The National Infrastructure Commission has advised water, energy and telecoms regulation to adapt to better support strategic investment and public confidence.
The commission found regulation must “facilitate a scale of transformation it was not designed to deliver,” including providing for “unprecedented levels of investment” to deliver the net zero target and to build resilience to flood and drought.
Among the recommendations in its report, were:
• new duties for Ofwat, Ofgem and Ofcom to promote the achievement of net zero and improve the resilience of the UK’s infrastructure.
• government to provide regulators with a clear strategic focus on the country’s infrastructure priorities for the long term, to guide regulation.
Most major strategic investments should be opened to competition to support innovation, rather than relying on incumbents or government to have the best ideas.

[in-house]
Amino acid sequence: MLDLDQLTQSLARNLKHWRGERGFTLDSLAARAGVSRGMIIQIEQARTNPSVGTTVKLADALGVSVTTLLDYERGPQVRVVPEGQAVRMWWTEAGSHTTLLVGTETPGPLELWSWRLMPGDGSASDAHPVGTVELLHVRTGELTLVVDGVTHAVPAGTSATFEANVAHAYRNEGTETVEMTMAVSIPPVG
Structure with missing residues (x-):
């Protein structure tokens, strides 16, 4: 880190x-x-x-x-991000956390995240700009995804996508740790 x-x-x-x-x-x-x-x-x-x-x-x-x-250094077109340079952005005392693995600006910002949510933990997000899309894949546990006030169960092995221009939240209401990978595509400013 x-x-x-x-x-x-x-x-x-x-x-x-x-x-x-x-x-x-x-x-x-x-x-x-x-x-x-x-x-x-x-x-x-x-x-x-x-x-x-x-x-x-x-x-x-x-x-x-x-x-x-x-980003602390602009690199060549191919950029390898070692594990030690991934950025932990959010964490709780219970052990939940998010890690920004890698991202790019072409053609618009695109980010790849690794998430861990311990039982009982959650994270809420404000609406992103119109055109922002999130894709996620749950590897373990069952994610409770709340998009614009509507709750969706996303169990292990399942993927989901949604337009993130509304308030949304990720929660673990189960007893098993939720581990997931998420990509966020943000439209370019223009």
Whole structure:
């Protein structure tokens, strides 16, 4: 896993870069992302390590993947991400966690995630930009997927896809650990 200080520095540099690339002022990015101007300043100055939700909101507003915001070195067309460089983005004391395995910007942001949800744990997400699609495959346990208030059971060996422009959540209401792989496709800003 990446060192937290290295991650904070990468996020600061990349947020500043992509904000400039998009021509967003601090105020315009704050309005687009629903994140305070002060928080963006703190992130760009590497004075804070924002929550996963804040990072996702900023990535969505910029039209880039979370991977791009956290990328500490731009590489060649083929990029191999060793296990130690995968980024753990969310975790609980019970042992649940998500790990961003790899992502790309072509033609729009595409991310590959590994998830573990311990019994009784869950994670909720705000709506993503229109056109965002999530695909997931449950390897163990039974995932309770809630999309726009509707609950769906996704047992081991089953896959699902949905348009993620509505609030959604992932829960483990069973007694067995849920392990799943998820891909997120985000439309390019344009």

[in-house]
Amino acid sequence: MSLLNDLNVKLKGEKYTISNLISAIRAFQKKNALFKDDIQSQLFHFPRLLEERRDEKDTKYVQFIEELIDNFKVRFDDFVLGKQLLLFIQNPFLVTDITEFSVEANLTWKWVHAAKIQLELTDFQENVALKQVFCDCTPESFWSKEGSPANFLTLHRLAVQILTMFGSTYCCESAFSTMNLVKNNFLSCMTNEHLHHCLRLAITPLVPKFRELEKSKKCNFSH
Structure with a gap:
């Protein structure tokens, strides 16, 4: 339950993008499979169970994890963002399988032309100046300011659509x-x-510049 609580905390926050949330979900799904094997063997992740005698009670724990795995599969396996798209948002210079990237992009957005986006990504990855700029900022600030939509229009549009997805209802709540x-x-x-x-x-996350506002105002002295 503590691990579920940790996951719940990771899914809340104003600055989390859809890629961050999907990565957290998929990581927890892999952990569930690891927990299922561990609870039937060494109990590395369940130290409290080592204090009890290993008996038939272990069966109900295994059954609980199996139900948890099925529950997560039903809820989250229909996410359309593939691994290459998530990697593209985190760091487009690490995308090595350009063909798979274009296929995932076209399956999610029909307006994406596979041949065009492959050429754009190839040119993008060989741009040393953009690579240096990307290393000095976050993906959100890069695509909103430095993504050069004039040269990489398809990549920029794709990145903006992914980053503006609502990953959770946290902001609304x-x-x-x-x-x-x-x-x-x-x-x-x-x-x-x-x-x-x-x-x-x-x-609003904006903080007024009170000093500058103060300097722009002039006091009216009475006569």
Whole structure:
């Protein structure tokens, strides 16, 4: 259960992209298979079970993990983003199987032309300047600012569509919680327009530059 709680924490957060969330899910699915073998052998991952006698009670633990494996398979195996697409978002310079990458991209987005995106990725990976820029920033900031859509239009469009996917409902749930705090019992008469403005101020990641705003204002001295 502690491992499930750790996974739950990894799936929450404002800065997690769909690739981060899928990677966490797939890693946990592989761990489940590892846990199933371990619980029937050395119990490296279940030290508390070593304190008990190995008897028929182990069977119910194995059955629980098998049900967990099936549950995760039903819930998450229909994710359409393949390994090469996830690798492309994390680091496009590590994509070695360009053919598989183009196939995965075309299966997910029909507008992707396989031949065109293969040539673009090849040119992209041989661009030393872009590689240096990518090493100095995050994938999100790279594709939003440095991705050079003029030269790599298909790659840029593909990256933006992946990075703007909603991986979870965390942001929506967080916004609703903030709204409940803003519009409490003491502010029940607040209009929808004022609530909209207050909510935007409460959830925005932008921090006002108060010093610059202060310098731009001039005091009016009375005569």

The UK Regulators Network should be given a stronger leadership role through the appointment of an independent chair to promote collaboration and coordination, and ensure markets continue to deliver for consumers.
Regulators should be able to prevent companies from engaging in price discrimination that does not provide an overall benefit to consumers
The commission argued the current system does not need to be fundamentally changed, but does need to adapt to deal with the “unfamiliar demands on regulation” current circumstances demand.
Engineers praise National Infrastructure Commission for resilience work
Civil engineers have awarded the National Infrastructure Commission a prestigious prize for its work on its guidance on improving resilience to drought in England’s water supplies.
The Institution of Civil Engineers (ICE) has given its Chris Binnie Award for Sustainable Water Management to the commission, acknowledging its 2018 report, Preparing for a drier future, and its “strong economic case for boosting the resilience of the water supply network instead of relying on emergency measures.”
ICE water panel member, Professor Chris Binnie (pictured), said the award recognised the NIC’s leadership in its report which was “a strategic step forward” with its recommendation that leakage be halved by 2050 taken up by the government, regulators, water companies, and others.